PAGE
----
Keep only the BlockAdditions up to this level. The default is to keep all levels. This option only affects certain kinds of codecs like WAVPACK4.
Causes mkvextract(1) to extract a CUE sheet from the chapter information and tag data for the following track into a file whose name is the track's output name with '.cue' appended to it.
Extracts the raw data into a file without any container data around it. Unlike the --fullraw flag this flag does not cause the contents of the CodecPrivate element to be written to the file. This mode works with all CodecIDs, even the ones that mkvextract(1) doesn't support otherwise, but the resulting files might not be usable.
Extracts the raw data into a file without any container data around it. The contents of the CodecPrivate element will be written to the file first if the track contains such a header element. This mode works with all CodecIDs, even the ones that mkvextract(1) doesn't support otherwise, but the resulting files might not be usable.
Causes extraction of the track with the ID TID into the file outname if such a track exists in the source file. This option can be given multiple times. The track IDs are the same as the ones output by mkvmerge(1)'s --identify option.
Each output name should be used only once. The exception are RealAudio and RealVideo tracks. If you use the same name for different tracks then those tracks will be saved in the same file. Example:
$ mkvextract tracks input.mkv 1:output-two-tracks.rm 2:output-two-tracks.rm
Syntax: mkvextract tags source-filename [options]
The extracted tags are written to the console unless the output is redirected (see the section about output redirection for details).
Syntax: mkvextract attachments source-filename [options] AID1:outname1 [AID2:outname2 ...]
Causes extraction of the attachment with the ID AID into the file outname if such an attachment exists in the source file. If the outname is left empty then the name of the attachment inside the source Matroska(tm) file is used instead. This option can be given multiple times. The attachment IDs are the same as the ones output by mkvmerge(1)'s --identify option.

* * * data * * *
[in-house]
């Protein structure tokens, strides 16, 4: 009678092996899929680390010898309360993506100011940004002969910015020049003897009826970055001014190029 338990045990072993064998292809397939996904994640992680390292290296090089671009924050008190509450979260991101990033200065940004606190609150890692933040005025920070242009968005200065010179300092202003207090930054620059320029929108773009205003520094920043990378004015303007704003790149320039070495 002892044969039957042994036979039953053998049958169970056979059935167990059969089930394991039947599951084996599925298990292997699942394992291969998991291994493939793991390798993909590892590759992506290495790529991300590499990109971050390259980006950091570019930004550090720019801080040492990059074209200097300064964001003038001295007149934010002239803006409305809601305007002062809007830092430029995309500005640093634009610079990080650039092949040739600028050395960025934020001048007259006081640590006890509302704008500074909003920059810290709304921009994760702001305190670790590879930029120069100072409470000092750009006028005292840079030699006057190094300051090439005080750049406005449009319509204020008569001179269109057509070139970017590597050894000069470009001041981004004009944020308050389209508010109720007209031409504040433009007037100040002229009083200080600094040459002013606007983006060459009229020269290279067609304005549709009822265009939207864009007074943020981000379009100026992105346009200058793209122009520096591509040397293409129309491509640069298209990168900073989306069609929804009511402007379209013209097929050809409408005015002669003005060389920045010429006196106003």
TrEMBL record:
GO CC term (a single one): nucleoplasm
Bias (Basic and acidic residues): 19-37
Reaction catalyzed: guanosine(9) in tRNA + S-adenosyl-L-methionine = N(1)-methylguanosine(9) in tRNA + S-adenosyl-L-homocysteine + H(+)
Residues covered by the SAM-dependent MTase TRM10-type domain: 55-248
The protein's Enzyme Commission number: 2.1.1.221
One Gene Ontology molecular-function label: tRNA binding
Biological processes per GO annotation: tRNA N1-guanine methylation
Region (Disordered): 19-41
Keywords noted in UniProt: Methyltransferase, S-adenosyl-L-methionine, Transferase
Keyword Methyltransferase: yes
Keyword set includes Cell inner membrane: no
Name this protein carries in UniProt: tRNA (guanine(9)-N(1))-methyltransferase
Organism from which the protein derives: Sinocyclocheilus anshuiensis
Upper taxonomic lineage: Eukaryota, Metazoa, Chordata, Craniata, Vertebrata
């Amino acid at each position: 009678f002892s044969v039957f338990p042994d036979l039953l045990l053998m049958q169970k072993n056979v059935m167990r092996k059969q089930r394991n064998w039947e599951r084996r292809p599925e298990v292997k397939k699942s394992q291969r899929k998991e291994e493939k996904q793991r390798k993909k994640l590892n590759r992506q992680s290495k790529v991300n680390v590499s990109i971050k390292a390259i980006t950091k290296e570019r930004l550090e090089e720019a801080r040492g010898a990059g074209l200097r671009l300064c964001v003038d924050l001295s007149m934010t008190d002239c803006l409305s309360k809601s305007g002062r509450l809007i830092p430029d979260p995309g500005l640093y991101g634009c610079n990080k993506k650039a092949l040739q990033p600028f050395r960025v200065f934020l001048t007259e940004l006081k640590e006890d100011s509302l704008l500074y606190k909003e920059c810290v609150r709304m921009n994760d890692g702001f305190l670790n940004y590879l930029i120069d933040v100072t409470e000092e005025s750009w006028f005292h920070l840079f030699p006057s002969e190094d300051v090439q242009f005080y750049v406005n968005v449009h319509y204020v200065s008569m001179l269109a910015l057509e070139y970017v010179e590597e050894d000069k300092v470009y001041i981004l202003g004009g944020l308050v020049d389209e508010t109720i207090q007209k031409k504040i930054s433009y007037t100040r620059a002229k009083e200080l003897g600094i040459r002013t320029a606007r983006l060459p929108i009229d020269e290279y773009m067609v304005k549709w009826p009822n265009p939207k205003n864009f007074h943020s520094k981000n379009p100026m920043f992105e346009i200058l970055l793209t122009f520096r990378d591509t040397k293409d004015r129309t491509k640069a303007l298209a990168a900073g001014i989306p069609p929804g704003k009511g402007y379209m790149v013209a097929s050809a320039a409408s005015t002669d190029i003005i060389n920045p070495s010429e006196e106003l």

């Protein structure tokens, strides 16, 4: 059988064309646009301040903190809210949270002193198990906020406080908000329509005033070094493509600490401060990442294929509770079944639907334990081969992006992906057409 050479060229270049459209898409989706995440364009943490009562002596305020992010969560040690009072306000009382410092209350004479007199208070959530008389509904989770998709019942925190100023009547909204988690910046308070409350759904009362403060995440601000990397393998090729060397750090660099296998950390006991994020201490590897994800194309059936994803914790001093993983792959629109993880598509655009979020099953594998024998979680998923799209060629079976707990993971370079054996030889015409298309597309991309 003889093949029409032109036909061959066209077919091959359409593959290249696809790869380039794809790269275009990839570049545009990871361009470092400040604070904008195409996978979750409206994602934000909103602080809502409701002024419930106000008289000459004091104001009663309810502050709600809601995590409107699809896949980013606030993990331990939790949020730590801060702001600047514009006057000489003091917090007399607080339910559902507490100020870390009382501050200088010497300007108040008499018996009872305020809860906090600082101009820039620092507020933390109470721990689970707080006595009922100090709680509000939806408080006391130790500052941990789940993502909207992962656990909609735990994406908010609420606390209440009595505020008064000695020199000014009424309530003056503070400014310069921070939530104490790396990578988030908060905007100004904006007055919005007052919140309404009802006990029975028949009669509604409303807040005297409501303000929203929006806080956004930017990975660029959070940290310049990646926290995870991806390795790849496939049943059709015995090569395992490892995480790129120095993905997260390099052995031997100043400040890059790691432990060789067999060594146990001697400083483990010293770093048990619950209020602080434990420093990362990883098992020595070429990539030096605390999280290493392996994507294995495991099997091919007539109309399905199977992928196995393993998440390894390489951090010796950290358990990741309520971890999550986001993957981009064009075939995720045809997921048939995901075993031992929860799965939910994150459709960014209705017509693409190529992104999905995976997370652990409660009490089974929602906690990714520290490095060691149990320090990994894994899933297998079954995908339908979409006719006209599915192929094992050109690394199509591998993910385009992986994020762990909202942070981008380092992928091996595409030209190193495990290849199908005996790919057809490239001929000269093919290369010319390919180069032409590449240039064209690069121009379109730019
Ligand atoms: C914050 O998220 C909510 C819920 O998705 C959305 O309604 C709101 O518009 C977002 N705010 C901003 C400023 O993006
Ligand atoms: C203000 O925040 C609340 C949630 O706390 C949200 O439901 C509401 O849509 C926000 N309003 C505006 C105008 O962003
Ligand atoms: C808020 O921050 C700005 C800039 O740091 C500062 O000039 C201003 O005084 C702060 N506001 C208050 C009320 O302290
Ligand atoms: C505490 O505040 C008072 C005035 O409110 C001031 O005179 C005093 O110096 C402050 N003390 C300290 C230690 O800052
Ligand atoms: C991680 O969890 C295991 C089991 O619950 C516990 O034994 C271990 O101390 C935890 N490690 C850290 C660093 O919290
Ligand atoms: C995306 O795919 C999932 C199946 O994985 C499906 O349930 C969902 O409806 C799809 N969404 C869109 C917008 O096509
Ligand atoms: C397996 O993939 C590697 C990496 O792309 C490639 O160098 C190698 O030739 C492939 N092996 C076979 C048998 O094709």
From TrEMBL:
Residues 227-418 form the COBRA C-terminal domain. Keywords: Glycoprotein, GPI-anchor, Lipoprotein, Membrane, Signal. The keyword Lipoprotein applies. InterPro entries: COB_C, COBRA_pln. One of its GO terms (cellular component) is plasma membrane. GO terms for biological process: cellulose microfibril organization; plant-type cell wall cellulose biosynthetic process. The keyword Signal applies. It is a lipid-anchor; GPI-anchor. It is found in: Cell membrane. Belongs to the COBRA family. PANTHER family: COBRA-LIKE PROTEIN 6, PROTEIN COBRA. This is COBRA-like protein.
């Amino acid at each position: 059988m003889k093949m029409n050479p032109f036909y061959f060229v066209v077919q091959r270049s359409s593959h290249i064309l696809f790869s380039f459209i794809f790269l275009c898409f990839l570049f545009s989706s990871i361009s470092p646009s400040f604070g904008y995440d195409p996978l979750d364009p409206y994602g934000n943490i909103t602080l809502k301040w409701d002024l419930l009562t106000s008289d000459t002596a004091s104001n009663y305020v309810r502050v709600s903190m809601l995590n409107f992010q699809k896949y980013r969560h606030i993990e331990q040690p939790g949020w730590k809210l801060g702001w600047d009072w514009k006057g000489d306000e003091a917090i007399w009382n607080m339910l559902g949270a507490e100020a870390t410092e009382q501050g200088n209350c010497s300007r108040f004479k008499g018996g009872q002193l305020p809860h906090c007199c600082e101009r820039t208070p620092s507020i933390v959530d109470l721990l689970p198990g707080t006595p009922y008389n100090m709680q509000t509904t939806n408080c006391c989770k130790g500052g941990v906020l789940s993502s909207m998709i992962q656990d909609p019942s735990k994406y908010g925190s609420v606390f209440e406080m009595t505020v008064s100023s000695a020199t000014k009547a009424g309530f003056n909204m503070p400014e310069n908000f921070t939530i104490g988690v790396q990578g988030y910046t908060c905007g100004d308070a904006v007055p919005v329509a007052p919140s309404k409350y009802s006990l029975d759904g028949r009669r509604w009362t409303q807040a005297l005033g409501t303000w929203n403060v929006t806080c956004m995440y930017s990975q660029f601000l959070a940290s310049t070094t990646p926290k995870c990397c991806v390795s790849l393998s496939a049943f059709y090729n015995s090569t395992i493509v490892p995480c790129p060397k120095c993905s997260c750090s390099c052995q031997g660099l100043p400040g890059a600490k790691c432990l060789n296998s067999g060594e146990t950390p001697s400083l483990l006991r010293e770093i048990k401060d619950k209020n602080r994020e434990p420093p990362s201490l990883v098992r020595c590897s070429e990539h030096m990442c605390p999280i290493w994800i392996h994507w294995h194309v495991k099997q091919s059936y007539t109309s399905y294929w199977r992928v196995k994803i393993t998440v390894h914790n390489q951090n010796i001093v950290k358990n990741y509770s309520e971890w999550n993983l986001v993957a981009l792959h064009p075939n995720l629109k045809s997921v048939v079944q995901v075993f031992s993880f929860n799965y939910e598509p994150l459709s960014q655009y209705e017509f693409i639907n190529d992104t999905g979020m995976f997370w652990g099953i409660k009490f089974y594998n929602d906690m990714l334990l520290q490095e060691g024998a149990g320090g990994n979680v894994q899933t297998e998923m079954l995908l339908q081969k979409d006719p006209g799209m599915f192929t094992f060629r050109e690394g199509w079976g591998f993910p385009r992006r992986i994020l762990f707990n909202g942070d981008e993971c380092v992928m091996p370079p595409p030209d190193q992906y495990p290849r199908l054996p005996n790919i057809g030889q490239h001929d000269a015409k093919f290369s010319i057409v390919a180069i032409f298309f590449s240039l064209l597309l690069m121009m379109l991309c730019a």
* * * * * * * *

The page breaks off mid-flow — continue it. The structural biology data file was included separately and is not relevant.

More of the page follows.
Syntax: mkvextract chapters source-filename [options]
Exports the chapter information in the simple format used in the OGM tools (CHAPTER01=..., CHAPTER01NAME=...). In this mode some information has to be discarded. Default is to output the chapters in XML format.
The extracted chapters are written to the console unless the output is redirected (see the section about output redirection for details).
Syntax: mkvextract cuesheet source-filename [options]
The extracted cue sheet is written to the console unless the output is redirected (see the section about output redirection for details).
Syntax: mkvextract timecodes_v2 source-filename [options] TID1:dest-filename1 [TID2:dest-filename2 ...]
The extracted timecodes are written to the console unless the output is redirected (see the section about output redirection for details).
Causes extraction of the timecodes for the track with the ID TID into the file outname if such a track exists in the source file. This option can be given multiple times. The track IDs are the same as the ones output by mkvmerge(1)'s --identify option.
$ mkvextract timecodes_v2 input.mkv 1:tc-track1.txt 2:tc-track2.txt
Several extraction modes cause mkvextract(1) to write the extracted data to the console. There are generally two ways of writing this data into a file: one provided by the shell and one provided by mkvextract(1) itself.
The shell's builtin redirection mechanism is used by appending '> output-filename.ext' to the command line. Example:
$ mkvextract tags source.mkv > tags.xml
mkvextract(1)'s own redirection is invoked with the --redirect-output option. Example:
$ mkvextract tags source.mkv --redirect-output tags.xml
On Windows you should probably use the --redirect-output option because cmd.exe sometimes interpretes special characters before they're written into the output file resulting in broken output.